Virginia Democrats, eager to repeat their “long parliament” experience over the summer and fall of 2020, were looking forward to attempting to keep state legislators in session for enough extra innings to consist of an entire season of baseball.

Indeed, Democratic Speaker Eileen Filler-Corn (D-Fairfax) announced Monday that the Virginia House of Delegates would meet virtually for the upcoming session, expecting a repeat of the previous session’s shenanigans:

Small problem with that.

Filler-Corn was quickly one-upped (and reminded) by Republican Senate Leader Tommy Norment (R-James City) and Republican House Leader Todd Gilbert (R-Woodstock), who jointly announced the session would be limited to 30 days per the Virginia constitution.

There is little indication that Filler-Corn or the leadership in the Democratic-controlled General Assembly even bothered to discuss the finer points of governing-by-recliner.

The law however is quite clear.

Under the Virginia Constitution, the General Assembly meets annually. In even-numbered years, the session is limited to 60 days. In odd-numbered years, the session is limited to 30 days. But there is a catch — with a two-thirds vote, the short sessions can be extended by up to 30 days.  Now for as long as anyone can remember, the short session has been extended to 45 or 46 days every year.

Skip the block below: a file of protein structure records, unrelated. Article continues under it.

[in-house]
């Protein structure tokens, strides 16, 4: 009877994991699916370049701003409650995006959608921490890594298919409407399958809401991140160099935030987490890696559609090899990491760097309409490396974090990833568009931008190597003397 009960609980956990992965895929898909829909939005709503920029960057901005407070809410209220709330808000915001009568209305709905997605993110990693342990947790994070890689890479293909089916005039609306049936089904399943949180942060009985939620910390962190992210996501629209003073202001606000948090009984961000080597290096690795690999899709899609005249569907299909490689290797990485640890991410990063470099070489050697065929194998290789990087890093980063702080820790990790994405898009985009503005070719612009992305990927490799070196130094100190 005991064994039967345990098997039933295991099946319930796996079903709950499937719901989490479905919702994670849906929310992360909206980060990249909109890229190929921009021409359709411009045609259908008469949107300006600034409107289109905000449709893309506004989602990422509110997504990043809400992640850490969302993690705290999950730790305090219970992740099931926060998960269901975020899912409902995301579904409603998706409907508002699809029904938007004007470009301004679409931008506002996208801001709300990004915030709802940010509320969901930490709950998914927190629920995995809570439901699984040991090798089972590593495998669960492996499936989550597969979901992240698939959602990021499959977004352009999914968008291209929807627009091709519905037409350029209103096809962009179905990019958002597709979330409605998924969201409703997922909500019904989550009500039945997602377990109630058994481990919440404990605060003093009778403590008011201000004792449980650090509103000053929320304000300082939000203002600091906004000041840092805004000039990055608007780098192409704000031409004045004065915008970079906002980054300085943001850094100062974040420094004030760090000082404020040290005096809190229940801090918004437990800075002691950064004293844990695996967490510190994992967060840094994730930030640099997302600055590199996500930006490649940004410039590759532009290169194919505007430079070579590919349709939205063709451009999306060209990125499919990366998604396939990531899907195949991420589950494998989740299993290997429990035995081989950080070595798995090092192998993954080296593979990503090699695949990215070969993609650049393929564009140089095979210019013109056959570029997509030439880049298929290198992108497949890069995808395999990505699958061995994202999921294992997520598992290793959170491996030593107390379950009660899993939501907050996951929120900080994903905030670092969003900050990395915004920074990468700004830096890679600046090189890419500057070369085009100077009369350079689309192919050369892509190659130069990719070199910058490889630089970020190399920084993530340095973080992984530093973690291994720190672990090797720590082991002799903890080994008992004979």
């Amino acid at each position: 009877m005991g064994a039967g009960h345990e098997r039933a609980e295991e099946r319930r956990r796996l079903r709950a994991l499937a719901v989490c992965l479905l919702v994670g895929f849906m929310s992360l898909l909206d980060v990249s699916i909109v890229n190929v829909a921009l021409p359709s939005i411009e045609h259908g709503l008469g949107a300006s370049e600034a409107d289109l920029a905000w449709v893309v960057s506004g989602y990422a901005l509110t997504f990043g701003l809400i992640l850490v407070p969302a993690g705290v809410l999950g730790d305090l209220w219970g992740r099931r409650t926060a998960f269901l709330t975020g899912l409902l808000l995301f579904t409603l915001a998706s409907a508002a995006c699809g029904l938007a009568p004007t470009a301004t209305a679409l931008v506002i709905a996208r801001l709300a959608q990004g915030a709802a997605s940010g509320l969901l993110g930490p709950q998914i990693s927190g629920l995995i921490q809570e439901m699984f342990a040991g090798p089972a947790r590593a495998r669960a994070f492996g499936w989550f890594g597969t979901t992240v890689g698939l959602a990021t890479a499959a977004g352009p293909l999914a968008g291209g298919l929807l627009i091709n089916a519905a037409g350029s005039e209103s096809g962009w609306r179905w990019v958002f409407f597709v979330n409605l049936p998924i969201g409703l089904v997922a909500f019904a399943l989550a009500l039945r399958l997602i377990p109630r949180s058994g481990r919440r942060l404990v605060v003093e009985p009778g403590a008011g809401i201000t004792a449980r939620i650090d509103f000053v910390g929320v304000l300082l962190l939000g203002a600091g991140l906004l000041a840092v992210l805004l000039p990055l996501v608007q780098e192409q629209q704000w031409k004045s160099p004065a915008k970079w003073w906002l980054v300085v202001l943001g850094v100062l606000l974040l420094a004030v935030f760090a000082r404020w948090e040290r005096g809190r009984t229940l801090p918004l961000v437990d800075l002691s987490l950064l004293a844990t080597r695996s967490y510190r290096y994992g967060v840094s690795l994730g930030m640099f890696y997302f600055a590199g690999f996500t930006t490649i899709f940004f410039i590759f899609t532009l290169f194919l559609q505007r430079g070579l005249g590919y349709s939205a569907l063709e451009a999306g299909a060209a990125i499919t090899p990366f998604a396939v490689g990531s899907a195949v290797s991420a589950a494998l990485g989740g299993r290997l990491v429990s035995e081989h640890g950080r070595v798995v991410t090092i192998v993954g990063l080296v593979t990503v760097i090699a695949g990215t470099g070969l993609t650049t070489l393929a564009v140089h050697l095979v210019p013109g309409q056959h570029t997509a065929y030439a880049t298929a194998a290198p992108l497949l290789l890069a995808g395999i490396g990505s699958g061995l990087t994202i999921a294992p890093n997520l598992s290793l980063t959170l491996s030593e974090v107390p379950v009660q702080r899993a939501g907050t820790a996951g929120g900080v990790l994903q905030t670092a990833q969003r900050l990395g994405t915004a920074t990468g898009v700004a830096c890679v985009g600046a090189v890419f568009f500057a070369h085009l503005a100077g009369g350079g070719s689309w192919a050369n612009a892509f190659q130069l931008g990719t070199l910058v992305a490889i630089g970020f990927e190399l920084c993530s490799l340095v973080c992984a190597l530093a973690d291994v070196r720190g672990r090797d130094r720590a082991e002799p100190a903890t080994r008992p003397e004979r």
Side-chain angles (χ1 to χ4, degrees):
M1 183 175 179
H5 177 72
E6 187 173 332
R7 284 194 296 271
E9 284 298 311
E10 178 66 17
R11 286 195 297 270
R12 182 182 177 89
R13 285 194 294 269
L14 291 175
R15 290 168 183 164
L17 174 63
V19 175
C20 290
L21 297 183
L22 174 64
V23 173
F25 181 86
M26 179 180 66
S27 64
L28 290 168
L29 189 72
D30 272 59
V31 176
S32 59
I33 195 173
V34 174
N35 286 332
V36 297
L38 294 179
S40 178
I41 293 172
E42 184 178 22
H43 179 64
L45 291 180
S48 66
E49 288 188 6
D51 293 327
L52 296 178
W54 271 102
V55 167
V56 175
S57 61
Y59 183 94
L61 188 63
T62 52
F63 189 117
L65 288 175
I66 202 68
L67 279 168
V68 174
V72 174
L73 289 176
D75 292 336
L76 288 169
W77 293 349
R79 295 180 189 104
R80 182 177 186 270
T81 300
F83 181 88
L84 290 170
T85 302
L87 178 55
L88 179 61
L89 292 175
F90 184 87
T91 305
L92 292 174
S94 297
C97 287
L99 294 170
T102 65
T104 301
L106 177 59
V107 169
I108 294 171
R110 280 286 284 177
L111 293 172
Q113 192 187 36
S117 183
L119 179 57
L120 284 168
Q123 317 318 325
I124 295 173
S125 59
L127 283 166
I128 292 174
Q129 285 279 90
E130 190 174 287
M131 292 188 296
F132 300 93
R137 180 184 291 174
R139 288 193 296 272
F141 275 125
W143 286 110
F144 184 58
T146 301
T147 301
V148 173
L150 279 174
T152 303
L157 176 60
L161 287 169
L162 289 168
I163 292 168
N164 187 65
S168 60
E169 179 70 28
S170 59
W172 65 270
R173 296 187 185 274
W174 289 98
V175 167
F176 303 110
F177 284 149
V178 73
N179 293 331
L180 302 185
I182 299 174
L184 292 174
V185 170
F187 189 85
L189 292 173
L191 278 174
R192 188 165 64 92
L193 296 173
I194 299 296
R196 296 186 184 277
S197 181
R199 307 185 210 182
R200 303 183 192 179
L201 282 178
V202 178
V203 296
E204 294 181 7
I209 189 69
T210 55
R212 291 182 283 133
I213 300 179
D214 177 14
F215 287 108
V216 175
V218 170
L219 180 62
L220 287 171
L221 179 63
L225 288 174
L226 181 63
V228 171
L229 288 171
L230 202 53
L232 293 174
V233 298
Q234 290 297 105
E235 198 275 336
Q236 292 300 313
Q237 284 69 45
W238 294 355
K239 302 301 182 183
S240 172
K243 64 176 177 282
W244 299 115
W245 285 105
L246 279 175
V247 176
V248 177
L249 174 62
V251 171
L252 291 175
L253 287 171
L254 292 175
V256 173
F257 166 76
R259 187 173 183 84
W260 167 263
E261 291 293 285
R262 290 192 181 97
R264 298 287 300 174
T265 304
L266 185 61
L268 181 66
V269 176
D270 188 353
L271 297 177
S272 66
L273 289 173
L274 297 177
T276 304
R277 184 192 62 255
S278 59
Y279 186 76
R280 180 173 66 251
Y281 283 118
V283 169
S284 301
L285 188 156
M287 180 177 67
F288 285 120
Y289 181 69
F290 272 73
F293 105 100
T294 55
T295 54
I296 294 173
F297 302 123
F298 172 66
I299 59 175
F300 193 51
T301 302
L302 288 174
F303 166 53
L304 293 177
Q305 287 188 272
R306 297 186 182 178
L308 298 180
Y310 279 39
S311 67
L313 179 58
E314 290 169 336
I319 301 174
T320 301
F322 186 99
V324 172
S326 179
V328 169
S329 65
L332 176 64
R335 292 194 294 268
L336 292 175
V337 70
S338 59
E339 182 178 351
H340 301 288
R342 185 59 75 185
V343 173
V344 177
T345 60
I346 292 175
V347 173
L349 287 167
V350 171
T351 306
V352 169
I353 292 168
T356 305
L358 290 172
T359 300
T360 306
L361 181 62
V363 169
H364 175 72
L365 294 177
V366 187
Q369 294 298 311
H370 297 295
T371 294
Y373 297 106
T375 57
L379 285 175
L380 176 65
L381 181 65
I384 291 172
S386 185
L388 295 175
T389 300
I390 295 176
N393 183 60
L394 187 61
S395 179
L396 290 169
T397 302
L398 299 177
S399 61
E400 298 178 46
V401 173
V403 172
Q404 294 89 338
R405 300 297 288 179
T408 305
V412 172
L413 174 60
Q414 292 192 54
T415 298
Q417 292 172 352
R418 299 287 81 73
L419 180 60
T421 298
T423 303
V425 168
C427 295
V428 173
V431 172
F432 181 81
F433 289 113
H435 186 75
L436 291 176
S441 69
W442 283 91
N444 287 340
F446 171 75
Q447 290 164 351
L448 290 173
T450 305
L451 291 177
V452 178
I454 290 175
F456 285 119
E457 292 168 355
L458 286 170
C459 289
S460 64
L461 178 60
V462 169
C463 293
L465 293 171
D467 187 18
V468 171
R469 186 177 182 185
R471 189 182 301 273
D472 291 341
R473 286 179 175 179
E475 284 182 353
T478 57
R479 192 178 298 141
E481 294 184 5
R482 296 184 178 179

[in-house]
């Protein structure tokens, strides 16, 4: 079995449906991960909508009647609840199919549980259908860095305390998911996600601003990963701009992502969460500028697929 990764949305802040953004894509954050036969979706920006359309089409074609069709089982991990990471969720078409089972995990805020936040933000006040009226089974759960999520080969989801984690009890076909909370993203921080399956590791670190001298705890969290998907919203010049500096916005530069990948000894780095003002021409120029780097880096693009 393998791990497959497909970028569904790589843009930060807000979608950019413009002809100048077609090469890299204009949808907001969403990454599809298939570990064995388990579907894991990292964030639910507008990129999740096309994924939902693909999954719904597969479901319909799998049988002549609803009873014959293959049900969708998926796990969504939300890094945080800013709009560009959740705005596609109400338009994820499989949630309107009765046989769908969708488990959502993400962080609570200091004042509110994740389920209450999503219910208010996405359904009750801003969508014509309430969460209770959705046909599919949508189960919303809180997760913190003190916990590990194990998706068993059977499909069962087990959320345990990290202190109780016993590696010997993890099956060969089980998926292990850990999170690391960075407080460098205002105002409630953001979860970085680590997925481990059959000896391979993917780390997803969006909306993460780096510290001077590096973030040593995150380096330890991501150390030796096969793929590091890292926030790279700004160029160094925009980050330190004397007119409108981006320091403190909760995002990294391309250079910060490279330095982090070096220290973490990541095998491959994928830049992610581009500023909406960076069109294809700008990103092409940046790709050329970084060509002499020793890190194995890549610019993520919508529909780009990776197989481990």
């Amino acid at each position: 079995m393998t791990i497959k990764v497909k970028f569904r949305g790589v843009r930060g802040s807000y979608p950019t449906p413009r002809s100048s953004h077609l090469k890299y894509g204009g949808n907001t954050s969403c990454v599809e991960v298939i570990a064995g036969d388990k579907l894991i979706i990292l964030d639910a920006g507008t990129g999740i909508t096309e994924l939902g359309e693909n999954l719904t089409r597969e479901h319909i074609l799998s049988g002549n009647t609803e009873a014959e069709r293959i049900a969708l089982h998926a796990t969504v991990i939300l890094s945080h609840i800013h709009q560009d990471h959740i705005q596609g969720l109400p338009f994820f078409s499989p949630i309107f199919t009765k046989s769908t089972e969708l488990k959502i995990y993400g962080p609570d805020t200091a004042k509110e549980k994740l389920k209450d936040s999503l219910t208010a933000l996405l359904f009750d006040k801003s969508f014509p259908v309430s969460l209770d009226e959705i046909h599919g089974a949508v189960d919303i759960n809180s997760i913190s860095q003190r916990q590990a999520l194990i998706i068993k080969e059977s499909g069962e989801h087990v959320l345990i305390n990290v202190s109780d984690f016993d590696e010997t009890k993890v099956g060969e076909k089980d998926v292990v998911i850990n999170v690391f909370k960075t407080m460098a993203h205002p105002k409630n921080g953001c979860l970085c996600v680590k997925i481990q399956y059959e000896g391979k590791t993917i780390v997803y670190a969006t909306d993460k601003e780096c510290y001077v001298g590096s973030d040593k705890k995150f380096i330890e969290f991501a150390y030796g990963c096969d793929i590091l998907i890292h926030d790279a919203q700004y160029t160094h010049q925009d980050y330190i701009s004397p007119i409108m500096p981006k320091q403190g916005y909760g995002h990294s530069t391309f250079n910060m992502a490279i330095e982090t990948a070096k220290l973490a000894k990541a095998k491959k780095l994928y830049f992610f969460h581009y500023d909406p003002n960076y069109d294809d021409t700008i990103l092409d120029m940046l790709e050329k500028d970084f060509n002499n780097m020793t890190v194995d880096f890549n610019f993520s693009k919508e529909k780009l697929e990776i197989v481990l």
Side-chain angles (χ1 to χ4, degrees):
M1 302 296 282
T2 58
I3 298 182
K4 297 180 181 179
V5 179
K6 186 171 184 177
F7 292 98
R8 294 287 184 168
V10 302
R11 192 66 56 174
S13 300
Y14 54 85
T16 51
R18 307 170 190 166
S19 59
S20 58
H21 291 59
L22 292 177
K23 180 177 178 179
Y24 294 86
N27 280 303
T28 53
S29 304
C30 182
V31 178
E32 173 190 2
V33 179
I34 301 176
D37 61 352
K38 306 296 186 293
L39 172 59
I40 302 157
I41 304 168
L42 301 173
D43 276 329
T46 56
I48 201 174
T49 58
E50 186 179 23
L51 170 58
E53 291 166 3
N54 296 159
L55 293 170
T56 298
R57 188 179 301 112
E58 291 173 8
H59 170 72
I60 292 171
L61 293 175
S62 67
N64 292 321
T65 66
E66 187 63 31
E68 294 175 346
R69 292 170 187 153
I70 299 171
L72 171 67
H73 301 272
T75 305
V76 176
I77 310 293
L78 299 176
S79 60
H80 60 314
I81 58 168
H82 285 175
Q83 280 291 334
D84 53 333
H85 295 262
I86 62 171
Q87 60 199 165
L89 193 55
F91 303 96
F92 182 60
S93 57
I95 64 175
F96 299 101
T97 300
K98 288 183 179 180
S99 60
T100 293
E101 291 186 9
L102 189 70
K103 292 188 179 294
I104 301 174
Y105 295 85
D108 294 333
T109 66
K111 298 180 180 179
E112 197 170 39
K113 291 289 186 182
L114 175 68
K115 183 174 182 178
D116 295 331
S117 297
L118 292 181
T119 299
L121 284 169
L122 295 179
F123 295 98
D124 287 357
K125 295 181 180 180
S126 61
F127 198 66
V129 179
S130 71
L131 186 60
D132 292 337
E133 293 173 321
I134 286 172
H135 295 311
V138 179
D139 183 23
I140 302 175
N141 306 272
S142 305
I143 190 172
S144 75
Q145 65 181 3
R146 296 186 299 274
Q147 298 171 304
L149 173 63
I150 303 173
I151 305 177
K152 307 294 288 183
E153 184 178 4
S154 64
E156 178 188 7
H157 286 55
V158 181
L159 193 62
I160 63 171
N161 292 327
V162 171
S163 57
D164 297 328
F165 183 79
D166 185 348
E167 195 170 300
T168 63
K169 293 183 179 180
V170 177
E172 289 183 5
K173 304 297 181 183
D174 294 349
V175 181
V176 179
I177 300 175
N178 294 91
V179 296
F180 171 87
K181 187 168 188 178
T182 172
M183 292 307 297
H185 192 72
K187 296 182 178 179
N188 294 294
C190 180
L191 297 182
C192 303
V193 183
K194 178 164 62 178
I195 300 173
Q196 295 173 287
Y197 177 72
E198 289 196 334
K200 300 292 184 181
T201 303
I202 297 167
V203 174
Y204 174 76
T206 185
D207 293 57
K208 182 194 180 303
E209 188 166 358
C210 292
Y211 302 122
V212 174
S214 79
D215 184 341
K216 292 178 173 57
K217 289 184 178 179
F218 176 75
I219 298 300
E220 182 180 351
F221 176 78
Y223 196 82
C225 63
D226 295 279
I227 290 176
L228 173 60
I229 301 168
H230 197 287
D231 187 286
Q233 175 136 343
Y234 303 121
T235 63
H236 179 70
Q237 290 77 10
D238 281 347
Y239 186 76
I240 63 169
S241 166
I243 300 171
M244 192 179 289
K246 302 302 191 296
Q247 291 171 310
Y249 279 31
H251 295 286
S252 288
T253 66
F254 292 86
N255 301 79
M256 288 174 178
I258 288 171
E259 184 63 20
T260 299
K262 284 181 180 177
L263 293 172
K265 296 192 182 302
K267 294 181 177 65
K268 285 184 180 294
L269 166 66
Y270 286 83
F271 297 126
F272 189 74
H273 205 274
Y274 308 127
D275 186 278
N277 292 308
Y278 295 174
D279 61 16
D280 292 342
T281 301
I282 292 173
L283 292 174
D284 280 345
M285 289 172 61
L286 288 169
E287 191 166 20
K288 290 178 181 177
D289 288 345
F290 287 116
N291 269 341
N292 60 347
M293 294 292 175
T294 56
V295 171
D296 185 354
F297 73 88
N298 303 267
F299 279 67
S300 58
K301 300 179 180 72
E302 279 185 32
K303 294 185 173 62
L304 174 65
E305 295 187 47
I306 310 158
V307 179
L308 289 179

Yet as Republicans hold more than enough votes to block the procedural move required to extend the session and the progressive arm of the Democratic Party continues to govern under a lockdown mentality, given the “long parliament” there seems to be little appetite from either House or Senate Republicans to continue to waste taxpayer dollars and collect per diems for doing… well, nothing.

“Considering the lengthy regular and special sessions held this year, the General Assembly should be able to complete its work for 2021 in the 30 days the Constitution allows,” said Norment.  “This year’s regular session lasted 65 days and the special session stretched out over 84.”

The Constitution limits the duration of General Assembly sessions to ensure we have a citizen legislature, not one populated by full-time politicians,” Gilbert noted.  “Given that we’ve already addressed the primary purpose of the upcoming session, amending the state budget, it makes sense that we keep within the constitutional minimum until the people of Virginia can once again fully participate in their government.

A 30 day session with at least one half of the General Assembly meeting virtually would be one of the least productive sessions in history.

Yet given the Democratic agenda — further attempts to restrict firearms, repealing right-to-work, defunding and complicating matters for state and local law enforcement, enacting an expensive carbon tax, enacting gas rationing for transportation, and raising taxes yet again on working class families — that’s probably not the worst thing for Virginia.